Ashton plays the blame game to mask glaring deficiencies

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In horse racing they may point to "the bounce theory", while over in the City they might suggest it has all been a classic example of "the dead cat bounce". So who to side with - those optimists of the turf or those cynics of the pinstripes? In short, was this insipid England victory an understandable reaction to the heroics of seven days previous? Or does it prove that they have as much chance of defending the World Cup as a corpsed Tiddles?

Brian Ashton is obviously certain of the former. But then, Ashton is not about to concede anything yet. Not even to the sceptical voices that must be muttering inside his own head. "I've waited all my life for this opportunity so I am not about to waste it now," he said, sounding like a cross between Rocky Balboa and Shirley Valentine. "We must sort it all out and we will do, because we have to."

With such statements it is easy to see why players and supporters alike so readily warm to England's new coach. On Saturday, he took the sword threatening to hang itself in Damocles-fashion above his boys and thrust it into his own midriff. "Blame me," he declared, for a second-half performance that descended from average to those levels of frustration well below average. "Blame me," for a game plan that instructed them to kick the early possession away. "Blame me," for giving the Italians the taste that a side with any real bite would have devoured without grace.

All very gallant, all very quotable. Indeed, it was a piece of wool-pulling of which even Jose Mourinho might have been proud. But, when the eyes are defluffed and the arguments unthreaded, it is impossible not to see through Ashton's admissions. After all, it was not he who commanded his forwards to fold like foldy things; it was never in his blueprint to punt the ball away aimlessly; just as in "Plan Ashton" it said nothing about surrendering the momentum with the barest resistance. Those are the cold facts from this bleak day.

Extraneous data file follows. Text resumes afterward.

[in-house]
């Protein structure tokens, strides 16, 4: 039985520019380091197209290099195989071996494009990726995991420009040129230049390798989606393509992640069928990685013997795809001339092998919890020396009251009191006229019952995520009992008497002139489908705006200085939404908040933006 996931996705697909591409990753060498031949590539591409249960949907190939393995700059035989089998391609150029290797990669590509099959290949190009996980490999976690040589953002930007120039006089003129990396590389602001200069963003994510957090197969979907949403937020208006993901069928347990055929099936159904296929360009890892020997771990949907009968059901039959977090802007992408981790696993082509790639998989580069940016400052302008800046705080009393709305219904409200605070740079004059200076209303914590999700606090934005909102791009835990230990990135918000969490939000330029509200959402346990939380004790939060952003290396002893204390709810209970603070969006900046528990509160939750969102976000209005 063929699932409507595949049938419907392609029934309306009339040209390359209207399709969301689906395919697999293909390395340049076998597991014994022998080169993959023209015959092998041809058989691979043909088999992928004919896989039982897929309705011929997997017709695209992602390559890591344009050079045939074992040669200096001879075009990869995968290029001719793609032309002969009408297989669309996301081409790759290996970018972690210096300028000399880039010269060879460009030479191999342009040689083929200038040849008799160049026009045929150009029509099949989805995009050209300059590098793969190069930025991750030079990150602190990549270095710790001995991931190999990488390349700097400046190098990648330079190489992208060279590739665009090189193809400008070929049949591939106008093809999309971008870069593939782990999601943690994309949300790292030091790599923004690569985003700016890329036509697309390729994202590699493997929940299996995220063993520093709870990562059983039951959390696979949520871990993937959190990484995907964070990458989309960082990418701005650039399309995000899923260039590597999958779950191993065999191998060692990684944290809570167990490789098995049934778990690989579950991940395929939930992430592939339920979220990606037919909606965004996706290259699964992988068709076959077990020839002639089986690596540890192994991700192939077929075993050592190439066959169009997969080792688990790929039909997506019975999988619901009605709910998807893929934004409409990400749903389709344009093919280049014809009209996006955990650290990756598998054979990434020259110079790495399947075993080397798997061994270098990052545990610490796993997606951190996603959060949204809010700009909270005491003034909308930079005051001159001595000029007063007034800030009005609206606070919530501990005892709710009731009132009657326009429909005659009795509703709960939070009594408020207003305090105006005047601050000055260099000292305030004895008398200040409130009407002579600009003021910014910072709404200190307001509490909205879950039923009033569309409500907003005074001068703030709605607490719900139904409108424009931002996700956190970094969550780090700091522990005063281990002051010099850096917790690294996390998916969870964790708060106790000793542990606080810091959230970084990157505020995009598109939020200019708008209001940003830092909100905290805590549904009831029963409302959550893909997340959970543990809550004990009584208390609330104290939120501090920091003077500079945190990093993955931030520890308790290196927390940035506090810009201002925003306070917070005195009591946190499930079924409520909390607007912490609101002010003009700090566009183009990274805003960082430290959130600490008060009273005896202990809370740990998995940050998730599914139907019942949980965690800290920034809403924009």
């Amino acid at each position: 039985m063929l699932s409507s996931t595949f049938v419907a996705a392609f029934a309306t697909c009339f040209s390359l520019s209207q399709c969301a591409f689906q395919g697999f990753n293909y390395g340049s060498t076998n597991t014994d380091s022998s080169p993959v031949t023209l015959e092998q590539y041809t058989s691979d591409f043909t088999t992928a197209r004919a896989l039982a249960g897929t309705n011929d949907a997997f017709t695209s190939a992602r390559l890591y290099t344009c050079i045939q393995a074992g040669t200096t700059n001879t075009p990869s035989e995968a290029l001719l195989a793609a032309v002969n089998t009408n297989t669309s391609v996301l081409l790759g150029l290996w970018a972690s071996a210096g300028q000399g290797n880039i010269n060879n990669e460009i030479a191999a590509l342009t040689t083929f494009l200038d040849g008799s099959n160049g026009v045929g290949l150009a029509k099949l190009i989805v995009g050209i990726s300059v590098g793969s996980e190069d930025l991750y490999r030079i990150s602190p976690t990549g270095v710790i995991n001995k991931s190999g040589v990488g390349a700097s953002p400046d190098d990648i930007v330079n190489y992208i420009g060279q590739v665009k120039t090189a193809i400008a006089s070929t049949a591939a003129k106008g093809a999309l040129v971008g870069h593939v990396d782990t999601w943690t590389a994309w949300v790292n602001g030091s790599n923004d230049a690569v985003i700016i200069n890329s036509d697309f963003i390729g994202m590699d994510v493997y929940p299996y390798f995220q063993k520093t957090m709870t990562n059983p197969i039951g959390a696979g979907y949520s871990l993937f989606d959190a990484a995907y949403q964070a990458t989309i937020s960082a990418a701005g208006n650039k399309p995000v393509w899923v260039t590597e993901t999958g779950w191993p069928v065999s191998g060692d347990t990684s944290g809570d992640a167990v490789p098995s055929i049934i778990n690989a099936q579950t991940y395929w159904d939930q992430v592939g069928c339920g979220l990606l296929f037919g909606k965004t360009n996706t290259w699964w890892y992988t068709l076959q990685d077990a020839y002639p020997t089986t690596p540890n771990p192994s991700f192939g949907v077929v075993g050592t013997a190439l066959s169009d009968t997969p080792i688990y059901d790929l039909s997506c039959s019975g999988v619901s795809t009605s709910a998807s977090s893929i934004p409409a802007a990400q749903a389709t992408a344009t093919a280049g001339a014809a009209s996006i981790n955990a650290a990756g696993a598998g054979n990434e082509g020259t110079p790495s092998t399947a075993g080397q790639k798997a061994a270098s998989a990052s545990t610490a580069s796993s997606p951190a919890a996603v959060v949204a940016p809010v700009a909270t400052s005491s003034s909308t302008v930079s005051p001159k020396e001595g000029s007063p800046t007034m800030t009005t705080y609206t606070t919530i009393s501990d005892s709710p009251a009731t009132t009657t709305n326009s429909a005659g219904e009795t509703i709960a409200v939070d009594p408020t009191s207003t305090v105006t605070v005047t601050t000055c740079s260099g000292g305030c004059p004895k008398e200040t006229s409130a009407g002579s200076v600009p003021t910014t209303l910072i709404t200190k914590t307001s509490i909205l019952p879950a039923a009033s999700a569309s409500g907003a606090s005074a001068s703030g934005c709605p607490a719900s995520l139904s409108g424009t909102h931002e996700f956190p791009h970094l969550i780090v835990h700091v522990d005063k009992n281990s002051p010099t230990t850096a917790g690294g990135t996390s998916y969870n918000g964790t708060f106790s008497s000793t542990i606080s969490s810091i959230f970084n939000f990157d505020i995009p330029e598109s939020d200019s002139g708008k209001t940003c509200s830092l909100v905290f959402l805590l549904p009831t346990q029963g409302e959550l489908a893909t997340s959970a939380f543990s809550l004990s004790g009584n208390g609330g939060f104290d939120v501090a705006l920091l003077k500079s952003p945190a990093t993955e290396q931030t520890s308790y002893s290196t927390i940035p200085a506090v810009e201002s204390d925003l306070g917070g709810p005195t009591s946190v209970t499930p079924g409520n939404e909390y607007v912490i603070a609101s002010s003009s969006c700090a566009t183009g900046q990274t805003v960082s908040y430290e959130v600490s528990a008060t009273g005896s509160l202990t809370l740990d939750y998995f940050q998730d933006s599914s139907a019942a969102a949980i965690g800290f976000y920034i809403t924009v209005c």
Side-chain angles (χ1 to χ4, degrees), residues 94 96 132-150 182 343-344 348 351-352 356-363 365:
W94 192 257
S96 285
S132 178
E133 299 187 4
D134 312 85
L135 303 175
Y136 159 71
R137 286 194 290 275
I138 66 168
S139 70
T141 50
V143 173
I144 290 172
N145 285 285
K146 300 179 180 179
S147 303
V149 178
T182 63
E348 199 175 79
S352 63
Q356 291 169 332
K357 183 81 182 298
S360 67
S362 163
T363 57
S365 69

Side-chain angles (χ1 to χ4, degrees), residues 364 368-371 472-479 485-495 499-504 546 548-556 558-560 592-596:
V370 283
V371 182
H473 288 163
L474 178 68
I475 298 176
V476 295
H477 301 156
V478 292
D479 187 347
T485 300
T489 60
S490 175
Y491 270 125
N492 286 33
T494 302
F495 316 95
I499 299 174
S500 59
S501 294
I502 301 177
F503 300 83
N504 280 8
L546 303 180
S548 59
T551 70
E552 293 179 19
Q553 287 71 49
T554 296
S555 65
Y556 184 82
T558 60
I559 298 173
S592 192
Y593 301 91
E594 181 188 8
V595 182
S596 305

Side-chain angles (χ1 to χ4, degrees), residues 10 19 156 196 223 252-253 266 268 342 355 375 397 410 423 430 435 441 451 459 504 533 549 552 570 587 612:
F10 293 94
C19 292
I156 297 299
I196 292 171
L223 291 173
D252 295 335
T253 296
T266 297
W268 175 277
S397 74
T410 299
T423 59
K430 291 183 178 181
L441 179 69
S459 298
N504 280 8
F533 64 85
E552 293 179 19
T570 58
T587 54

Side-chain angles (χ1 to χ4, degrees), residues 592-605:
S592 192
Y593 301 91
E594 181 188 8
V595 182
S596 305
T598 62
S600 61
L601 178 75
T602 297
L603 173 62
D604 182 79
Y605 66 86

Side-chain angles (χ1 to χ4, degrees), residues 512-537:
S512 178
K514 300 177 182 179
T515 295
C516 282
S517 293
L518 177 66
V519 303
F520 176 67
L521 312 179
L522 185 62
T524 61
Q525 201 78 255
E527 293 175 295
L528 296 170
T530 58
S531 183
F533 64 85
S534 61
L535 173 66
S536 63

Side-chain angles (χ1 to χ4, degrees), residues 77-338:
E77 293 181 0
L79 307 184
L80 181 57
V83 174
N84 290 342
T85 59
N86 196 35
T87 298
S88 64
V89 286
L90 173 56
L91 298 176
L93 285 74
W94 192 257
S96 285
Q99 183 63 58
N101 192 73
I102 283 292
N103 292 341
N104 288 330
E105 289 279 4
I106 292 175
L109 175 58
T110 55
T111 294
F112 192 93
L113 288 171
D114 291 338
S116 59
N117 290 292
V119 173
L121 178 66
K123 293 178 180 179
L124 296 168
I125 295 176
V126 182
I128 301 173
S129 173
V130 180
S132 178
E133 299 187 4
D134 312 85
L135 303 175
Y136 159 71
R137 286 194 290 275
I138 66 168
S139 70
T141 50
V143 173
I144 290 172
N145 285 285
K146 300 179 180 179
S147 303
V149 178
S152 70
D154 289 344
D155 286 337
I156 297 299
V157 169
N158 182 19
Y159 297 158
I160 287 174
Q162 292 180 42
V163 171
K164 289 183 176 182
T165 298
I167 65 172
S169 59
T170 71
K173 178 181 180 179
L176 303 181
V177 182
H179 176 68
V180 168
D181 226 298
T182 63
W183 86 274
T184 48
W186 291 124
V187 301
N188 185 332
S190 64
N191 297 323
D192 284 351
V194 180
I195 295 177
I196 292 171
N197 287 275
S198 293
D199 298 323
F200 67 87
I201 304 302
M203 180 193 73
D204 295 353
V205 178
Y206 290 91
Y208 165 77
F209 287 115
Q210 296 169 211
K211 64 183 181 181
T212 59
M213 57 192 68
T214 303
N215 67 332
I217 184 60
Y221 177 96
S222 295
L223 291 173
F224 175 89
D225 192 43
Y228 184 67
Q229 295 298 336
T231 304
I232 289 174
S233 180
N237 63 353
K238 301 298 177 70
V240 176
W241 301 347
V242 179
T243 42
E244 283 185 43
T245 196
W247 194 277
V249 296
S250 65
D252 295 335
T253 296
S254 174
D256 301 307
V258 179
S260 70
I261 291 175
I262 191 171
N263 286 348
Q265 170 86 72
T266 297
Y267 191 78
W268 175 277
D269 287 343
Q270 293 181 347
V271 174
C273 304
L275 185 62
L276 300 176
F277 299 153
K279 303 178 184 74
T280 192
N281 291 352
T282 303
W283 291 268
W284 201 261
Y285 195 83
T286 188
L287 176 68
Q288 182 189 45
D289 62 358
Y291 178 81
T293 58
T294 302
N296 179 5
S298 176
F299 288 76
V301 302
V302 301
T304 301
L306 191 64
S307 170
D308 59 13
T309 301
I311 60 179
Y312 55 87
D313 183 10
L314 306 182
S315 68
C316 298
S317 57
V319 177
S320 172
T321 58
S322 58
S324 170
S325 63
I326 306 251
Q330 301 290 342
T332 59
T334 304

But are they really that chilly and should the red rose truly be frozen so miserably to its roots? It has already been said a million times since Nigel Owens' whistle, but a win is a win and two wins are two wins and, as Ashton pointed out, the brave new England are probably not too far from where they expected to be this far into their grand mission. "We're slightly behind the progression we would have been looking for at this point," he reasoned. "But we will get there."

How, he did not deign to mention, but it does seem that before the Croke Park choker in a fortnight's time, he will be asking for hands to be put up and for ideas to follow. "It's not in my style to be in their faces," he said. "Maybe I was last week, maybe I did overemphasise things and maybe if I back off a bit now that'll help. There's a number of intelligent rugby brains in there."

He was doubtless thinking of Jonny Wilkinson and perhaps even Andy Farrell, the big codebreaker who, alas, cannot seem to break a line. When quizzed about the embryonic partnership, Ashton's indifference scarcely concealed the glaring creative deficiencies. "It was OK, mixed, they didn't get a lot of ball on the front foot," he said, seemingly searching for any get-out.

In panicky moments like this it is always best to turn to Wilkinson. "Any boss of any national side would love to have Jonny's kicking ability at their disposal as it's very special," he waxed. "If our opponents are happy to give us penalties in their own half ... well, we'll be happy to kick them over."

But what happens when the opponents are palpably not happy to do so? What will the answer be? Is there one? Will there be any life left in this cat, then? Two wins on the bounce and England still don't know.